Monday, March 1, 2010

Le jour parfait !

Today was a perfect day! When I got up and ready, I took the RER to St. Michel and, since it was sunny and warm, I decided to walk from Notre-Dame to l'ENS. So, I passed Notre-Dame, Cluny, walked between Louis-le-Grand and La Sorbonne, toward the Pantheon with the Eiffel Tower right behind me, then to l'ENS for my class.

The class was really great today, even though half the class (including one of the two professors) was missing. We discussed "La Bibliothèque de la Pléiade," a collection of French classic literature, and also some other classics in general. Being inducted into La Bibliothèque de la Pléiade is a huge honor here in France, and so we were discussing how this collection sort of chooses which literature will be conserved and which literature will be forgotten. We discussed other similar collections as well, including Raymond Queneau's book: Pour une Bibliothèque Idéale. In that book, Queneau (one of the founders of l'OuLiPo, by the way) lists the hundred books that everyone in the entire world should read. Back to the Pléiade, though - I want to buy all of them! I still love my kindle, but these books are great! They're printed so they're small and portable, on bible paper, leather bound, and they're beautiful. Plus, I'm sure they have every book that I should have already read. But, we were also talking about how the Pléiade and Raymond Queneau's list are really just references for "rereading" because when you "read" a classic work, you're in fact "rereading" it. See: Pourquoi lire les classiques by Italo Calvino (another oulipien). The last item on the discussion was edition, and how these collections are constantly changing the definition of classic to encompass more and more works and also how each Pléiade book is a critical edition, with prefaces from contemporary authors, creating a link between the present and the past. To reiterate, it was such an informative lecture!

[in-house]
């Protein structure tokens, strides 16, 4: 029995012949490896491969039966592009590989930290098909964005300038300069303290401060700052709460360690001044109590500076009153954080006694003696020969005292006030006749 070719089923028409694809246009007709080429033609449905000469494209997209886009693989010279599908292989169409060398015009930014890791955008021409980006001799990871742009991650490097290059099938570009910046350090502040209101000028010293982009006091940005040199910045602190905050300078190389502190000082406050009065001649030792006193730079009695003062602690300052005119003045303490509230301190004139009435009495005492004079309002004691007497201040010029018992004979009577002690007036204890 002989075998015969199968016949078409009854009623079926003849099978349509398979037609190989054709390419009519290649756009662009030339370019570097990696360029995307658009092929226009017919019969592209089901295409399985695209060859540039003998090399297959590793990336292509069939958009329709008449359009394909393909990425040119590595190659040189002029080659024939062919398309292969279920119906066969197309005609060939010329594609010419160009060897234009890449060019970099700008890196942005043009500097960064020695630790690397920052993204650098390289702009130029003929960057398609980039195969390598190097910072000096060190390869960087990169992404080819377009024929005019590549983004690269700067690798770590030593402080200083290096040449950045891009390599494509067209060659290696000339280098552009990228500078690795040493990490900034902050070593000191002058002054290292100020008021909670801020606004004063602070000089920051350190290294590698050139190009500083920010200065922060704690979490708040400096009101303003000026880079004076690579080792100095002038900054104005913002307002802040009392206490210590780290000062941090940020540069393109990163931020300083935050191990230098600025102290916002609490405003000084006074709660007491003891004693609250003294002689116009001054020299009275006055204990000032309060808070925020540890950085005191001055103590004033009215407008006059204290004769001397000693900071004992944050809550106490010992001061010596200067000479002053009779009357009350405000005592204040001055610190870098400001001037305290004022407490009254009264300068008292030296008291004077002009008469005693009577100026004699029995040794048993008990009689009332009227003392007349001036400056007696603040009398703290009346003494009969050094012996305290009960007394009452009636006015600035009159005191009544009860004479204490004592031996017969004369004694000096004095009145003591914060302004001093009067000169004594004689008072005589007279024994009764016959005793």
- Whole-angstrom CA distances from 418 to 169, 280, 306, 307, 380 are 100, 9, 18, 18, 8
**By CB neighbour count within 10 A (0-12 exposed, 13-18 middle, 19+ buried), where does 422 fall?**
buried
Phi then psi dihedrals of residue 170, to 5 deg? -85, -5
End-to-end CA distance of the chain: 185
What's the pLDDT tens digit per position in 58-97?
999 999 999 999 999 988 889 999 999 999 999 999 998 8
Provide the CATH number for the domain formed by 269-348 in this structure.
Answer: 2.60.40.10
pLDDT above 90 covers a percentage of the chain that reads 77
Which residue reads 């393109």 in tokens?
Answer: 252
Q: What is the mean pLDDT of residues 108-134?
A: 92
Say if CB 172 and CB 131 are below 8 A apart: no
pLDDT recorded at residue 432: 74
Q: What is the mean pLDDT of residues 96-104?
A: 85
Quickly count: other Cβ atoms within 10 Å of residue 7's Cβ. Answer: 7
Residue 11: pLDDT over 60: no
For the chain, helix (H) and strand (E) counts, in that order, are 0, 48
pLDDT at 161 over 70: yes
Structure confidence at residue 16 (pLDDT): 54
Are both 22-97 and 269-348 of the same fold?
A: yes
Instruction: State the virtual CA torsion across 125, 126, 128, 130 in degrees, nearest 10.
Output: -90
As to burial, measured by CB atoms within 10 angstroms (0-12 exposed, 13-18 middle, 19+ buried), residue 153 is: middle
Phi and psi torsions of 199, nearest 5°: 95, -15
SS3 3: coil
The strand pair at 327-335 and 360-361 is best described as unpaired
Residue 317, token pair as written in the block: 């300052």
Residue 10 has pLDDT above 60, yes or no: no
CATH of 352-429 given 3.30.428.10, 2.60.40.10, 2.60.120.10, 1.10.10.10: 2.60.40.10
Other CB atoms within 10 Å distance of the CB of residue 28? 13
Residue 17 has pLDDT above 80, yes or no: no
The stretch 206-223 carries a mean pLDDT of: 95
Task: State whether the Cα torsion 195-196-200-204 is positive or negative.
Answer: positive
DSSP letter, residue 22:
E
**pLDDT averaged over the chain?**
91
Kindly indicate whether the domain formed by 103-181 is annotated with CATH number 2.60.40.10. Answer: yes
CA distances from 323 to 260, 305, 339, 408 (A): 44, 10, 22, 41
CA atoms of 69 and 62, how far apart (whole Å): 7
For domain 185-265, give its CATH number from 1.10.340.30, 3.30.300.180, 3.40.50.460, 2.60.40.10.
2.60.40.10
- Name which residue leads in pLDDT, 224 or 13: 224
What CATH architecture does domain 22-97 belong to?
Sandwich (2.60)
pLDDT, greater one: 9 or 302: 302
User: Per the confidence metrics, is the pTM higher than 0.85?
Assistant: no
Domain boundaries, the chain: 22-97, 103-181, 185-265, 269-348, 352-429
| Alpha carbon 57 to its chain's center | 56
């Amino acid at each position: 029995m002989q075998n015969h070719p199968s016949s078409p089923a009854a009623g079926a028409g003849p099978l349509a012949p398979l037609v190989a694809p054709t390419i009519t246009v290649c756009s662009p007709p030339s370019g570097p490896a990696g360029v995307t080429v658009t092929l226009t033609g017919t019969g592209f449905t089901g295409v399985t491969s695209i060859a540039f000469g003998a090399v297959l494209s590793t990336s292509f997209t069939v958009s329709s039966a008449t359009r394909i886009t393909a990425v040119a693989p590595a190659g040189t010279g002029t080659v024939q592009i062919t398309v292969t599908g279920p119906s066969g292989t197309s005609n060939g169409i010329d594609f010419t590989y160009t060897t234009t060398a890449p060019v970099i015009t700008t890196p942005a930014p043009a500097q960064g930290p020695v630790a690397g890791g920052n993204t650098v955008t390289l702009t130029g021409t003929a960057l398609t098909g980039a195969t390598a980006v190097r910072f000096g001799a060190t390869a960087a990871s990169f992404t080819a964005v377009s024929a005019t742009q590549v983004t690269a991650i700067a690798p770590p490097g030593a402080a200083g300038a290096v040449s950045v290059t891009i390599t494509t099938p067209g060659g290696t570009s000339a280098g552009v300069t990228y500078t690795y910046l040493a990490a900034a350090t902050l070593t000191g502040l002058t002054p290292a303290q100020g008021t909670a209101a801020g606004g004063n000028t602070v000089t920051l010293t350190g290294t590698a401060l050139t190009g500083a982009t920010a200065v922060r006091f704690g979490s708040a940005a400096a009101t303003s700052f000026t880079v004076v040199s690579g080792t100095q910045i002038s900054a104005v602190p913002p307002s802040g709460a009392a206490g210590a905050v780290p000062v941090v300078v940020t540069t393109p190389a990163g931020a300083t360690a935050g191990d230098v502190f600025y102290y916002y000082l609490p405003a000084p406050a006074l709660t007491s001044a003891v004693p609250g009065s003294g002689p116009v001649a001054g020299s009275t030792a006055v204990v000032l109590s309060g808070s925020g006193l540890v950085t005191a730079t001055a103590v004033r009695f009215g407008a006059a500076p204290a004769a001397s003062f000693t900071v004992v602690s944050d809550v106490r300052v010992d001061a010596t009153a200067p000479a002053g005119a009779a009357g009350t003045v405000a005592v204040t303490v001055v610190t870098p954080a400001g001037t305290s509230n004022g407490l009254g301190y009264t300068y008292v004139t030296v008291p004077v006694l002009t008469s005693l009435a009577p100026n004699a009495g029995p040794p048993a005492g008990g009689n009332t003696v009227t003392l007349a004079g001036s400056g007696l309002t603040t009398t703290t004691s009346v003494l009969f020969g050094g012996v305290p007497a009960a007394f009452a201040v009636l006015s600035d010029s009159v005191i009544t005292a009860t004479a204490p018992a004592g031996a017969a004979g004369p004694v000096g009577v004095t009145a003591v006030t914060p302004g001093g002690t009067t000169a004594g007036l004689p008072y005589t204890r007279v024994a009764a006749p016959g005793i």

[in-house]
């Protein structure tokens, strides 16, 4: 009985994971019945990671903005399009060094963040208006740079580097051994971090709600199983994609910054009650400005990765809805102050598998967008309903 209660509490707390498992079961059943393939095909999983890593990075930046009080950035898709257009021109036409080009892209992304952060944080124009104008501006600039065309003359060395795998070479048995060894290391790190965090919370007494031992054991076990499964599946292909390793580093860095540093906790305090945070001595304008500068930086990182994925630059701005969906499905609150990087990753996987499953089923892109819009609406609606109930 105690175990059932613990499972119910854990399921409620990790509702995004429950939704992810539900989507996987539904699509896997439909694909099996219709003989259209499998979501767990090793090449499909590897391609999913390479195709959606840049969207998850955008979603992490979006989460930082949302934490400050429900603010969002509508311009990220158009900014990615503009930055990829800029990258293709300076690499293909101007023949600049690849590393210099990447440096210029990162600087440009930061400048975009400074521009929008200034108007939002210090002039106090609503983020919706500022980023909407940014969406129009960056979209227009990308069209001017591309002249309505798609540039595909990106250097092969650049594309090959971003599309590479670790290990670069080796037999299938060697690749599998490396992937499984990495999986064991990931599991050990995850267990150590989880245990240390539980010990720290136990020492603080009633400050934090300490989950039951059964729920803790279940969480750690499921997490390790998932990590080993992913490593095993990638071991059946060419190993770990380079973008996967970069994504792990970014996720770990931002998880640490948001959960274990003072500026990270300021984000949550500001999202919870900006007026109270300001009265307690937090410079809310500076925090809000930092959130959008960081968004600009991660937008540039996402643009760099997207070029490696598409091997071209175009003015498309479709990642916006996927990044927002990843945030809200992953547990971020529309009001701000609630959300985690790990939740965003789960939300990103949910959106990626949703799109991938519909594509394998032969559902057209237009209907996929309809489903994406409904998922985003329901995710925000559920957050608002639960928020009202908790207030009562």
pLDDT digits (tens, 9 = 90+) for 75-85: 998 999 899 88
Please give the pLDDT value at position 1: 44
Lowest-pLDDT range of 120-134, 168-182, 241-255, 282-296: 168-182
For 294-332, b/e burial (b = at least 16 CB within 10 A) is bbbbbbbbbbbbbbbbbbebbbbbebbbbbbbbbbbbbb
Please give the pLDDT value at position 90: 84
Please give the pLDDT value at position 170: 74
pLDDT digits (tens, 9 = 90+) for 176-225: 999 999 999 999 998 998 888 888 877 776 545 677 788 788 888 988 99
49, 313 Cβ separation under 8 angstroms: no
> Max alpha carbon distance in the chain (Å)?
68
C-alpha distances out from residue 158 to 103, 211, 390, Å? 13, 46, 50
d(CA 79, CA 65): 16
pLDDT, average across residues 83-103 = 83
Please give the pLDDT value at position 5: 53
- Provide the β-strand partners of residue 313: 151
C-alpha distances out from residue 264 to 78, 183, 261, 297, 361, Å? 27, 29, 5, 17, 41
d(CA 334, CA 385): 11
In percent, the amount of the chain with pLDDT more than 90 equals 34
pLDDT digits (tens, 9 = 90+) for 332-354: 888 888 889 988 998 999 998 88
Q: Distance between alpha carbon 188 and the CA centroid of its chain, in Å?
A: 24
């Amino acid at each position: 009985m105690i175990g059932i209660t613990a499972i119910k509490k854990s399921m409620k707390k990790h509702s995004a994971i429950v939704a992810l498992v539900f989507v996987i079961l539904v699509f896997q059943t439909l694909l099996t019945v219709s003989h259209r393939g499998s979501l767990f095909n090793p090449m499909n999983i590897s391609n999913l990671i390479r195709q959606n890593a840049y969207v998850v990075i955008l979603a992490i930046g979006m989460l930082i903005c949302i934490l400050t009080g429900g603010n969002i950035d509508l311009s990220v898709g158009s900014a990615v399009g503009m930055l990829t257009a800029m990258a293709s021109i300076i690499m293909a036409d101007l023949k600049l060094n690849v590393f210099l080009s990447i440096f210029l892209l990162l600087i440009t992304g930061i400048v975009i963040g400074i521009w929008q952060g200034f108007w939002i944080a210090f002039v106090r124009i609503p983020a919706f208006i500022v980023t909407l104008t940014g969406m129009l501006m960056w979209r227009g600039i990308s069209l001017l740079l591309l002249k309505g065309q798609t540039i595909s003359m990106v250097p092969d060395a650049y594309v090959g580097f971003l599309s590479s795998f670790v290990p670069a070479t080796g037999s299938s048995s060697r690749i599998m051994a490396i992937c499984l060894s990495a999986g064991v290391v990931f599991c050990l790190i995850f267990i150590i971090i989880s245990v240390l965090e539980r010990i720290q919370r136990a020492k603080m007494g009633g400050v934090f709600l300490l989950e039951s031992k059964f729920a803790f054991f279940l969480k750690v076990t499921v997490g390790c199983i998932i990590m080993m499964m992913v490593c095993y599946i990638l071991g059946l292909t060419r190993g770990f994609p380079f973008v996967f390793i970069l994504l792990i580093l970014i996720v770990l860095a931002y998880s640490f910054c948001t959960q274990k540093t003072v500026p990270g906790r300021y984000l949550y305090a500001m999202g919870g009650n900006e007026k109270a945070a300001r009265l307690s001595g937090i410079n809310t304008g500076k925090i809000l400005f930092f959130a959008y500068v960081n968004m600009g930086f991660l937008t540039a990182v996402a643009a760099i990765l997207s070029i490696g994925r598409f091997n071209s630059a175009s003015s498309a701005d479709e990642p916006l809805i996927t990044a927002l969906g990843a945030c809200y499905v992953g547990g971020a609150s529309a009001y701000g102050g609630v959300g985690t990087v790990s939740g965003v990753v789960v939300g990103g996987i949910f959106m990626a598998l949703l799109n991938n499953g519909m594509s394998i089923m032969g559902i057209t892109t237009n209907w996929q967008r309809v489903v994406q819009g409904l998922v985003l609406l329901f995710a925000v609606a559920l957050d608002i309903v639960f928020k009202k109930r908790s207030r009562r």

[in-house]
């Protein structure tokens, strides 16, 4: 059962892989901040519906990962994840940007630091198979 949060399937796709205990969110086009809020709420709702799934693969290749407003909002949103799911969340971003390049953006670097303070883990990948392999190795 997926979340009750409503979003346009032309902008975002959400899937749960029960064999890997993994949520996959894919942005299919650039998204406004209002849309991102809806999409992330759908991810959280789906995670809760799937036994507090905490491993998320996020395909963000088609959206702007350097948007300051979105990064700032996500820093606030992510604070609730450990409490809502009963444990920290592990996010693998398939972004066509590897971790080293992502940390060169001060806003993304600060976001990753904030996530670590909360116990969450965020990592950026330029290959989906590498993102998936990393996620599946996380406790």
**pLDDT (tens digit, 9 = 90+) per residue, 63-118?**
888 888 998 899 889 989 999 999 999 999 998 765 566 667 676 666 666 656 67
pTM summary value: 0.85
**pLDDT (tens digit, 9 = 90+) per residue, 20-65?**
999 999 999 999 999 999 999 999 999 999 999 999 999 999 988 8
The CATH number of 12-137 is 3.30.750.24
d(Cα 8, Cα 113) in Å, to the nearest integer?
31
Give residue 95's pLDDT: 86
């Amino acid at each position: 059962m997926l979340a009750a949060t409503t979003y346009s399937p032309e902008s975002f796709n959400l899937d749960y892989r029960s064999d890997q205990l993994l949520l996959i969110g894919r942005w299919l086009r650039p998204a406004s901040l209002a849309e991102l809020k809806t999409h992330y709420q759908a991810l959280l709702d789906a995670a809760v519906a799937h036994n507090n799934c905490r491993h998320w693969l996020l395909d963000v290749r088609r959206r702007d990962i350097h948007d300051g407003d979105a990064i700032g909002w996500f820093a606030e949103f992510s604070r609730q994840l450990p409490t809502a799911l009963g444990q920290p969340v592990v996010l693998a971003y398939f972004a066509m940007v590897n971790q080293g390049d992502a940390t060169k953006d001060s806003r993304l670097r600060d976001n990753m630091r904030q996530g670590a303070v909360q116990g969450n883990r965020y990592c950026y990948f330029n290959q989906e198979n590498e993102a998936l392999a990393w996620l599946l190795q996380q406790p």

After my ENS class, I wasn't sure what to do. I had to stop by CUPA, so I picked up a crepe on the street, ate it in le jardin de Luxembourg, read a little of Cyrano de Bergerac, then went to CUPA. After that, I walked back through the garden, then around it when I decided that, since it was such a nice day, I'd get some more of that awesome gelato. Today, I had espresso and salted caramel together - it was to die for! I hate to say it, but the salted caramel gelato was better than the salted caramel Berthillon. I met up with Alexandra afterward - she ate, but I was stuffed. I had some great pineapple juice, though. Then, it was back to l'ENS for me so I could see George Steiner!!!!